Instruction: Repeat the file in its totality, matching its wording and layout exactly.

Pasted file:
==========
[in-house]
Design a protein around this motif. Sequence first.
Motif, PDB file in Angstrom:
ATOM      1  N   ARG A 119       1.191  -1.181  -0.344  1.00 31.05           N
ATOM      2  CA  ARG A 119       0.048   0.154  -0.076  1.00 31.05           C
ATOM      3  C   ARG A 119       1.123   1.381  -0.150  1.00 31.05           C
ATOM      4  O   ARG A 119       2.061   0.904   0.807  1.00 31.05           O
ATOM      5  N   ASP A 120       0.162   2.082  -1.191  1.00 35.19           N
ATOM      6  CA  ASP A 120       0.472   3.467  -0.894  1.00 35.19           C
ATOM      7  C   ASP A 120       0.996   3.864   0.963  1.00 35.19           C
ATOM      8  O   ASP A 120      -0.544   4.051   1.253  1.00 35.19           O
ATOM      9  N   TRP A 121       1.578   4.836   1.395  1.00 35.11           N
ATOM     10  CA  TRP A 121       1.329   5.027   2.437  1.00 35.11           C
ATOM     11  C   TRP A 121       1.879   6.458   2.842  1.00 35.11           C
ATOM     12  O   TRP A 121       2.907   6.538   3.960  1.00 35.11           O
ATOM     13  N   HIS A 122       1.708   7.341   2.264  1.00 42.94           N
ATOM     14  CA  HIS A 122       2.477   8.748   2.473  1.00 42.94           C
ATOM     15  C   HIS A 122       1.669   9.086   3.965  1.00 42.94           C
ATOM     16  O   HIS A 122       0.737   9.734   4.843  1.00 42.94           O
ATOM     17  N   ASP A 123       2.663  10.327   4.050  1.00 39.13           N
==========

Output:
[in-house]
Design a protein around this motif. Sequence first.
Motif, PDB file in Angstrom:
ATOM      1  N   ARG A 119       1.191  -1.181  -0.344  1.00 31.05           N
ATOM      2  CA  ARG A 119       0.048   0.154  -0.076  1.00 31.05           C
ATOM      3  C   ARG A 119       1.123   1.381  -0.150  1.00 31.05           C
ATOM      4  O   ARG A 119       2.061   0.904   0.807  1.00 31.05           O
ATOM      5  N   ASP A 120       0.162   2.082  -1.191  1.00 35.19           N
ATOM      6  CA  ASP A 120       0.472   3.467  -0.894  1.00 35.19           C
ATOM      7  C   ASP A 120       0.996   3.864   0.963  1.00 35.19           C
ATOM      8  O   ASP A 120      -0.544   4.051   1.253  1.00 35.19           O
ATOM      9  N   TRP A 121       1.578   4.836   1.395  1.00 35.11           N
ATOM     10  CA  TRP A 121       1.329   5.027   2.437  1.00 35.11           C
ATOM     11  C   TRP A 121       1.879   6.458   2.842  1.00 35.11           C
ATOM     12  O   TRP A 121       2.907   6.538   3.960  1.00 35.11           O
ATOM     13  N   HIS A 122       1.708   7.341   2.264  1.00 42.94           N
ATOM     14  CA  HIS A 122       2.477   8.748   2.473  1.00 42.94           C
ATOM     15  C   HIS A 122       1.669   9.086   3.965  1.00 42.94           C
ATOM     16  O   HIS A 122       0.737   9.734   4.843  1.00 42.94           O
ATOM     17  N   ASP A 123       2.663  10.327   4.050  1.00 39.13           N